Bill Lynch, Mason Adams, Briana Heaney, Caroline MacGregor, Chris Schulz, Kelley Libby Published

Flat Five Studio, Old Growth Forests And Trouble At WVU, Inside Appalachia

A black and yellow shirt hang on a wall. Next to them is a sign that reads, "Hippies Use Side Door."
Flat Five merchandise hangs in the recording studio. Flat Five Studio in Virginia made a big splash in the 1990s. Now, it's looking to the future and a new generation.
Mason Adams/West Virginia Public Broadcasting

This week, Inside Appalachia drops by Flat Five Studio in Salem, Virginia. It had a reputation for recording bluegrass bands, but caught a big break in the early 1990s when the Dave Matthews Band needed a quiet place to record its debut album.

We also learn a little about primordial forests. A patch of woods in the New River Gorge National Park and Preserve was recently inducted into the Old Growth Forest Network.

And we visit a small nonprofit company in West Virginia that’s making solar powered light kits for families in war-torn Ukraine.

In This Episode:

The Once And Future Flat Five

Tom Ohmsen’s been around music and recording his whole life. He got his first tape recorder when he was just a kid. In college, he recorded bluegrass bands, which led to the start of Flat Five Studio in Salem, Virginia.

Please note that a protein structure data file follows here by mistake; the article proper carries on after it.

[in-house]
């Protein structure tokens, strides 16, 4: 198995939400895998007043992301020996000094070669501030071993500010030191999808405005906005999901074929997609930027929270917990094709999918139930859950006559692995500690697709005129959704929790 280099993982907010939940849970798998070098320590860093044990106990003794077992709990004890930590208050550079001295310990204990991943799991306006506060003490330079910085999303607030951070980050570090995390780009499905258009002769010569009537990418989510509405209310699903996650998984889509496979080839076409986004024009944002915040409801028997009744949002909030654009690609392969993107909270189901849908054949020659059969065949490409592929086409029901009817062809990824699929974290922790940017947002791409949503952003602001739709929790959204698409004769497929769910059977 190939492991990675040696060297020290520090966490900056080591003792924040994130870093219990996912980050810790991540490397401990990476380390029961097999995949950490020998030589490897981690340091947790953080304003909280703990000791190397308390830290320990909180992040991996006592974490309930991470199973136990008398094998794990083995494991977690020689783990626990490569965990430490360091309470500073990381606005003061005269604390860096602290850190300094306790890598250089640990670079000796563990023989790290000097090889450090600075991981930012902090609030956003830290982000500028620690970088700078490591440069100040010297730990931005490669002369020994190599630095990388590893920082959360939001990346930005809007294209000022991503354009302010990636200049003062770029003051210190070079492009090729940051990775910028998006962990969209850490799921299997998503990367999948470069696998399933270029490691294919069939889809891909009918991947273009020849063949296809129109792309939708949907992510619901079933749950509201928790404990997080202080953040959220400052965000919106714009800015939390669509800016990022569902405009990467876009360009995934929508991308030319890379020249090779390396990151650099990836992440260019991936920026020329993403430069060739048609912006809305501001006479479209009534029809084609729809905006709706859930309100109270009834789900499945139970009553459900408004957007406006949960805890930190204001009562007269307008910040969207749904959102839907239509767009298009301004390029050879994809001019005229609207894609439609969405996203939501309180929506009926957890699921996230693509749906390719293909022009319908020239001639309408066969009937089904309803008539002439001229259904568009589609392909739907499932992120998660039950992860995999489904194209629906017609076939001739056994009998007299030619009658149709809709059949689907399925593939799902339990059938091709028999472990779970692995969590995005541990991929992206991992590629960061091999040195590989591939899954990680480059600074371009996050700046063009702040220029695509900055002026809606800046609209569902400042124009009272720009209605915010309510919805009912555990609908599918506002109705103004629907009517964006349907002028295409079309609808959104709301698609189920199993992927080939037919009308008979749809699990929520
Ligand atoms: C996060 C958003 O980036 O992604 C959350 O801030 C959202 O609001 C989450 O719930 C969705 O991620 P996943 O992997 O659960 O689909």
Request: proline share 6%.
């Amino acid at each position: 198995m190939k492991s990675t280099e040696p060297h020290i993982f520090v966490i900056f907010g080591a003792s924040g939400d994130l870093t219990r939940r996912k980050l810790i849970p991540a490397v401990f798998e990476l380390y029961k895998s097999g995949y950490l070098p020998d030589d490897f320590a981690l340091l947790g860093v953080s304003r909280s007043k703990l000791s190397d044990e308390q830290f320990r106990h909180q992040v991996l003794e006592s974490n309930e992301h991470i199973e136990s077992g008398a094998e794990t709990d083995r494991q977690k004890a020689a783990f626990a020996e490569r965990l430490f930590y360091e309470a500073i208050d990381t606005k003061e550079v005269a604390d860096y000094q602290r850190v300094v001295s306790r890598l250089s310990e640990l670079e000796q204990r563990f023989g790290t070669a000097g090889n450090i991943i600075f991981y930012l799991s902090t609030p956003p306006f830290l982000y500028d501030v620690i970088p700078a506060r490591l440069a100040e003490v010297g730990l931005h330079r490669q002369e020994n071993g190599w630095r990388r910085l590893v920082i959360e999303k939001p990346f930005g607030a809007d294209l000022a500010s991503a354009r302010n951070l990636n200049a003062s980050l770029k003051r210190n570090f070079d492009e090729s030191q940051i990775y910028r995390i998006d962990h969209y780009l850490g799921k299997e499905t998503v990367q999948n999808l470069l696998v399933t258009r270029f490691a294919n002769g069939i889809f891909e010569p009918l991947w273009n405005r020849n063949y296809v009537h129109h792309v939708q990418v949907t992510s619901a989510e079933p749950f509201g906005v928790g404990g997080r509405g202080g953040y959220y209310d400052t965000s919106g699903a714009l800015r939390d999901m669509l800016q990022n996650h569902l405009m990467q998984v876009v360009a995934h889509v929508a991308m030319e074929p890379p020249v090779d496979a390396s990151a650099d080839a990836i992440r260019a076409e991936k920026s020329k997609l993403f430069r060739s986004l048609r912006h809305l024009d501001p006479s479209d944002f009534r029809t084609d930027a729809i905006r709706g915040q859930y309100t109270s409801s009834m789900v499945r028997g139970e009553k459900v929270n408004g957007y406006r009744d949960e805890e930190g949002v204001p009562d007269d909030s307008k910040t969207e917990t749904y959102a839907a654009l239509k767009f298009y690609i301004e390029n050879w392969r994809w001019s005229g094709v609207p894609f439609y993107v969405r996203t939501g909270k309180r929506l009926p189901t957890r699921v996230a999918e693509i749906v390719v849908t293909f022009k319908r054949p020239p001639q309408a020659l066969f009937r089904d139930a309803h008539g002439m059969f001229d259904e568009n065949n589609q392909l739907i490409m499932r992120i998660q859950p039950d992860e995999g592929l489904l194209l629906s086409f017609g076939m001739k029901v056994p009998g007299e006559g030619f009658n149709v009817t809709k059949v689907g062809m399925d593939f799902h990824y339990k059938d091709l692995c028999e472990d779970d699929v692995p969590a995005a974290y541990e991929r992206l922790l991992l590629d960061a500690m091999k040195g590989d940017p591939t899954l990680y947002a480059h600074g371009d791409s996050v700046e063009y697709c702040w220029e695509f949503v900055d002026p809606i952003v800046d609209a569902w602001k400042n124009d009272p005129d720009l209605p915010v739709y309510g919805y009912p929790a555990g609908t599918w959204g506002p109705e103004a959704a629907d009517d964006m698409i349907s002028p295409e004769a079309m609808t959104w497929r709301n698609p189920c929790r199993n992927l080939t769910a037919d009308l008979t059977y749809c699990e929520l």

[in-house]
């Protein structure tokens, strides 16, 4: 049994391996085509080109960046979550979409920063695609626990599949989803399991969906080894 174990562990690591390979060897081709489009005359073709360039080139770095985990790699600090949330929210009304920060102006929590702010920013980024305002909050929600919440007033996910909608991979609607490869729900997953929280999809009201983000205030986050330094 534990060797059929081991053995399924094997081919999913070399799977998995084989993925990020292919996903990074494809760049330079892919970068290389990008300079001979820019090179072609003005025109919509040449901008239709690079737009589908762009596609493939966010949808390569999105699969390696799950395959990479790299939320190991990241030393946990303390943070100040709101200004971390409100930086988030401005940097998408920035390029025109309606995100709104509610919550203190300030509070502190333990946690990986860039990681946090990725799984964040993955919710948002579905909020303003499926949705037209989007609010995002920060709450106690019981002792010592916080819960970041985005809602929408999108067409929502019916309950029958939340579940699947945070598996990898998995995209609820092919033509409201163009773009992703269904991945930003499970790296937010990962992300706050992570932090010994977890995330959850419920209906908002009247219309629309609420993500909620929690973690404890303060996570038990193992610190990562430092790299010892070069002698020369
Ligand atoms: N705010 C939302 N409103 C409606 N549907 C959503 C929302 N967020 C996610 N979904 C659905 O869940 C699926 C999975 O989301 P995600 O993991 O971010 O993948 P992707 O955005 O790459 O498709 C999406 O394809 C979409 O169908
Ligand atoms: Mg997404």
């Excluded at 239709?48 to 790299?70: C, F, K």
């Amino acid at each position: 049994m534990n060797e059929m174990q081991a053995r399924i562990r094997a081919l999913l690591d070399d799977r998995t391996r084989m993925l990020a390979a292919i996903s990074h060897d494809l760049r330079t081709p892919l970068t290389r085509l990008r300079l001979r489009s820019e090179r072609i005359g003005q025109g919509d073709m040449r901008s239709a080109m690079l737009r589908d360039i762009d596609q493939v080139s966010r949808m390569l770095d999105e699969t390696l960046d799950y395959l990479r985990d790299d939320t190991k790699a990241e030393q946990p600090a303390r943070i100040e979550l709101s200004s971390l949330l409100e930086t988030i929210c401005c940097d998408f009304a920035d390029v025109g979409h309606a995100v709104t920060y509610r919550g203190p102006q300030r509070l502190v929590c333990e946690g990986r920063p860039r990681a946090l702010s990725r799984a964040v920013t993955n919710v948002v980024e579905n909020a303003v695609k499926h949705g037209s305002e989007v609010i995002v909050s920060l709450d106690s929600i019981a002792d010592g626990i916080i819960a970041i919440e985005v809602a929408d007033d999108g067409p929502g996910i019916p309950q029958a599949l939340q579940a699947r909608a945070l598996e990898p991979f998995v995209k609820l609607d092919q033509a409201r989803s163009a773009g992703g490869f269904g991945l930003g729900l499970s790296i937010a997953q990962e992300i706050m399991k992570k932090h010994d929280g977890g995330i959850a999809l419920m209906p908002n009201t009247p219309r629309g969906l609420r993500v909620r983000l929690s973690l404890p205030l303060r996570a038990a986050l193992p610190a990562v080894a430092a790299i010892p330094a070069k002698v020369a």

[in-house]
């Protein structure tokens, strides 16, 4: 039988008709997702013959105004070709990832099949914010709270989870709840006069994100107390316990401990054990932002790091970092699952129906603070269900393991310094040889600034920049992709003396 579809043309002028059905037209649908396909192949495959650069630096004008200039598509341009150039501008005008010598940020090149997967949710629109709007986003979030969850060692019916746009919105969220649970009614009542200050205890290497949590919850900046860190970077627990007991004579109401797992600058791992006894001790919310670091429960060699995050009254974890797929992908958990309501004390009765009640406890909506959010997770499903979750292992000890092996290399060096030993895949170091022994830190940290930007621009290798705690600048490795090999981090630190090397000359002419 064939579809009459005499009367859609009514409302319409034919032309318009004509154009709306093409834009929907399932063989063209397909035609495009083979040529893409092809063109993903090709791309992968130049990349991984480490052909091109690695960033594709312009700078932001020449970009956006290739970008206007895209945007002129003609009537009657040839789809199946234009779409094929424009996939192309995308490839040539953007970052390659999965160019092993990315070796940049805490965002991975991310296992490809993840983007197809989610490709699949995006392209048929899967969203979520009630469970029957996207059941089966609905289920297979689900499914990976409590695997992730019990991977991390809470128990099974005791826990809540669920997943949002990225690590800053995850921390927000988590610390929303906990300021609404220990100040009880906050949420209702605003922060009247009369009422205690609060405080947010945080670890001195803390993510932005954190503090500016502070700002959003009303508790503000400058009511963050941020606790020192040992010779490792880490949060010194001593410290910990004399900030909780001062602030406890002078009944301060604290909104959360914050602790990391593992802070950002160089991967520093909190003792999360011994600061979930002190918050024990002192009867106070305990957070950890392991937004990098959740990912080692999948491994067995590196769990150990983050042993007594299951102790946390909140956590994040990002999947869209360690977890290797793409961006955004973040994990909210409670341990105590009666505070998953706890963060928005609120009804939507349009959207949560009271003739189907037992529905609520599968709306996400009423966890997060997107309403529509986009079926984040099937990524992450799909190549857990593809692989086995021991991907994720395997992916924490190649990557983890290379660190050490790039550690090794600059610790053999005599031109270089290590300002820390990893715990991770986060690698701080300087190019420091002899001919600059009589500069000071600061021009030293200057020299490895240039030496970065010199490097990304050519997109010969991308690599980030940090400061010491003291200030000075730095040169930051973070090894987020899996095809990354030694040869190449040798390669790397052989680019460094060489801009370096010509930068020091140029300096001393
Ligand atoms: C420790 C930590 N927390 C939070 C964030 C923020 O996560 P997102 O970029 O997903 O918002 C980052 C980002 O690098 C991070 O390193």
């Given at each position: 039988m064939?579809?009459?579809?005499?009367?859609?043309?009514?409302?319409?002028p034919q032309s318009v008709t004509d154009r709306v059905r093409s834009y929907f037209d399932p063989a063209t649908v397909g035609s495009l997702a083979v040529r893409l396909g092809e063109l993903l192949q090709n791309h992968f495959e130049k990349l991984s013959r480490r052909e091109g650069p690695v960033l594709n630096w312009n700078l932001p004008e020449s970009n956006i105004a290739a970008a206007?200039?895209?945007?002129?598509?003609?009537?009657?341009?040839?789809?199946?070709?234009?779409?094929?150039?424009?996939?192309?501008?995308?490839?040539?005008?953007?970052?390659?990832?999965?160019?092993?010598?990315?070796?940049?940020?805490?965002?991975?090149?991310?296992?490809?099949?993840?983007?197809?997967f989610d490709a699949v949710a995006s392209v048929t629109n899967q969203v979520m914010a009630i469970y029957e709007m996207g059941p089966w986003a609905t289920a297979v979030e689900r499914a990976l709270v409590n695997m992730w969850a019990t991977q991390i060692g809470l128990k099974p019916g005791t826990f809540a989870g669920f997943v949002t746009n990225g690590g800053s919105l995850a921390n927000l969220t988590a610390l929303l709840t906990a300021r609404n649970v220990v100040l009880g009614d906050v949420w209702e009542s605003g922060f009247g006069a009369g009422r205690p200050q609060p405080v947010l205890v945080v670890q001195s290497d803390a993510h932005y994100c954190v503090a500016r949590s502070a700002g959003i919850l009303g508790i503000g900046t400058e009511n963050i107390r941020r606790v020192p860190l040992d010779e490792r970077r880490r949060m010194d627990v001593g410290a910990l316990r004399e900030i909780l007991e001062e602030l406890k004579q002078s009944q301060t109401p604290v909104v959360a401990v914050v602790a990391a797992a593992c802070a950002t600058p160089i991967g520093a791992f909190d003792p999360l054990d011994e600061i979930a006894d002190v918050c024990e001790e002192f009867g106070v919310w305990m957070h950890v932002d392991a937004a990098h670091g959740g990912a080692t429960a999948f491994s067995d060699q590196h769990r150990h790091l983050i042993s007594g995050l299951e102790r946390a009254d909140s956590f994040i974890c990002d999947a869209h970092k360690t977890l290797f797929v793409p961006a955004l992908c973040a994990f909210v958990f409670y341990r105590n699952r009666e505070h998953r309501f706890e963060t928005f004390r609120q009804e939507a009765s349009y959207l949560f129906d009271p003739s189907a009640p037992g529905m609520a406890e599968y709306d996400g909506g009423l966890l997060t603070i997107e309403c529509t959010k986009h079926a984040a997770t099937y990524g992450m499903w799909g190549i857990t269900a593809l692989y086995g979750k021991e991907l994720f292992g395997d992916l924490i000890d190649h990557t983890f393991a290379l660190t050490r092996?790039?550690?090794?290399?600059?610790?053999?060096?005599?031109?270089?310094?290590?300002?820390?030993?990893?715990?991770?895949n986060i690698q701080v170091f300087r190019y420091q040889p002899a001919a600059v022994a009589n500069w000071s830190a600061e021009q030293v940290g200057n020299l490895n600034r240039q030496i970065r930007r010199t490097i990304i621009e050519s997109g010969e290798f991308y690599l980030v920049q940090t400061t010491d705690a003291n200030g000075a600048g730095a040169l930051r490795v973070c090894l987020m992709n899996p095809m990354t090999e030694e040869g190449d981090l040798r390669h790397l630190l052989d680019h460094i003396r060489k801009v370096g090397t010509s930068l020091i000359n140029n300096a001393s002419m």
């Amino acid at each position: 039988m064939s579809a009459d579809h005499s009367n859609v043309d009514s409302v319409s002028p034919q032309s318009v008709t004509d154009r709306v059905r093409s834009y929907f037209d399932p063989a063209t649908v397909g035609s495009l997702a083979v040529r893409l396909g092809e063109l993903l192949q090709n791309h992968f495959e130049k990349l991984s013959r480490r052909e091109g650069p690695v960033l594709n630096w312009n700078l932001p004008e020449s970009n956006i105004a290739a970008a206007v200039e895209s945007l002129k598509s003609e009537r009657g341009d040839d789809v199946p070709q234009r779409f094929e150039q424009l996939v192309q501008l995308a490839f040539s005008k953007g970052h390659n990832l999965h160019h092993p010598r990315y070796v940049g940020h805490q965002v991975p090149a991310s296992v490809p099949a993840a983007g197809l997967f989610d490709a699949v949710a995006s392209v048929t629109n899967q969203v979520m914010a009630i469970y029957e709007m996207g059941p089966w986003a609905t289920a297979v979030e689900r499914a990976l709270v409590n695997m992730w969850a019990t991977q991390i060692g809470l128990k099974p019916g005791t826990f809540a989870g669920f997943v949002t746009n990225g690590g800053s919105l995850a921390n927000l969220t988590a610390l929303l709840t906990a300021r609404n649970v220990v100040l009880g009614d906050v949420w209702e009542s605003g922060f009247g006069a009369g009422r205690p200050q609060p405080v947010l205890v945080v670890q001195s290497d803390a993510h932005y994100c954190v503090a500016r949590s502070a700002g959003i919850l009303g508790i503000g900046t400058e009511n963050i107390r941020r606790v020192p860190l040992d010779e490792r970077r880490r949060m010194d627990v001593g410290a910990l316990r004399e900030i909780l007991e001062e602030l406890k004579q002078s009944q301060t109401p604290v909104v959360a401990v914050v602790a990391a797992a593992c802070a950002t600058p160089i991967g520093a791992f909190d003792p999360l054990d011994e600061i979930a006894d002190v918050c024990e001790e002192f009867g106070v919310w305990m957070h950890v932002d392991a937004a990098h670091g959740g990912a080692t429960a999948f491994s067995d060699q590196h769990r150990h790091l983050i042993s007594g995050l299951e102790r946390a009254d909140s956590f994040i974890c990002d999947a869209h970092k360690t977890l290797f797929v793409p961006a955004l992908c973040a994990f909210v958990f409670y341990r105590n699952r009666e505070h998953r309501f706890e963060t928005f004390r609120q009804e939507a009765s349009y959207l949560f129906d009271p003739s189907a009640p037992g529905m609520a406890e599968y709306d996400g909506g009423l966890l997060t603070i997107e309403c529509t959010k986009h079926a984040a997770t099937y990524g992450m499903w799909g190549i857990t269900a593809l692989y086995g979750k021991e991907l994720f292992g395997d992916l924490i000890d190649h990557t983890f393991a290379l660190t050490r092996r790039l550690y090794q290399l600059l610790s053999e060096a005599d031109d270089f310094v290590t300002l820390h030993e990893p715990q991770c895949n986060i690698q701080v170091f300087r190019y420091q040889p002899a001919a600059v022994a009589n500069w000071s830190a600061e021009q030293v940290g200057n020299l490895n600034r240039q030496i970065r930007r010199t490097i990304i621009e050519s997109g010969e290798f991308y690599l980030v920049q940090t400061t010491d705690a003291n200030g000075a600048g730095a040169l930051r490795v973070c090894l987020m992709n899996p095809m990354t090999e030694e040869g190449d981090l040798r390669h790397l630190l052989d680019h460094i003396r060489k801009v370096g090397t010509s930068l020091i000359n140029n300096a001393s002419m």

In the early 1990s, the studio helped launch the Dave Matthews Band, but now Ohmsen’s looking toward retirement.

Mason Adams visited Flat Five to get its history and hear about its future.

The Burnwood Trail Protected And Preserved

If you ever want perspective on your place in the world, visit one of Appalachia’s old-growth forests. Trees tower overhead and you can get a sense of just how old the world is. Old-growth forests play an important ecological role, too, protecting against erosion and providing a habitat for rare animal and plant species. 

The nonprofit Old-Growth Forest Network is dedicated to protecting these old growth forests. Recently, the Burnwood Trail at the New River Gorge National Park and Preserve was brought into the group’s network.

WVPB’s Briana Heaney has this story.

Lights For Ukraine

Russia’s war with Ukraine has dragged on for more than a year and a half. The distant war has faded into the background for some, but not for the head of a West Virginia nonprofit, who wanted to do something for Ukrainian families under constant threat of bombardment. 

WVPB’s Assistant News Director Caroline MacGregor visited New Vision Renewable Energy in Philippi, West Virginia where they’re making solar light kits for Ukrainian families that can also be used to charge a cell phone. 

Dire Decisions At WVU

A cardboard sign reading "Save World Languages" is held up in a crowd of red shirts. In the background can be seen WVU's Oglebay Hall
Students and community members protest on the downtown Morgantown campus of West Virginia University Aug. 21, 2023.

Credit: Chris Schulz/West Virginia Public Broadcasting

Grappling with a $45 million budget shortfall, West Virginia University in Morgantown, West Virginia has recommended cutting 32 of its 338 majors, including all of its world language programs.

WVPB’s Chris Schulz has been covering the story.


Our theme music is by Matt Jackfert. Other music this week was provided by ONA, Valerie June, John Blissard, June Carter Cash and Little Sparrow. 

Bill Lynch is our producer. Zander Aloi is our associate producer. Our executive producer is Eric Douglas. Kelley Libby is our editor. Our audio mixer is Patrick Stephens.

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Inside Appalachia is a production of West Virginia Public Broadcasting.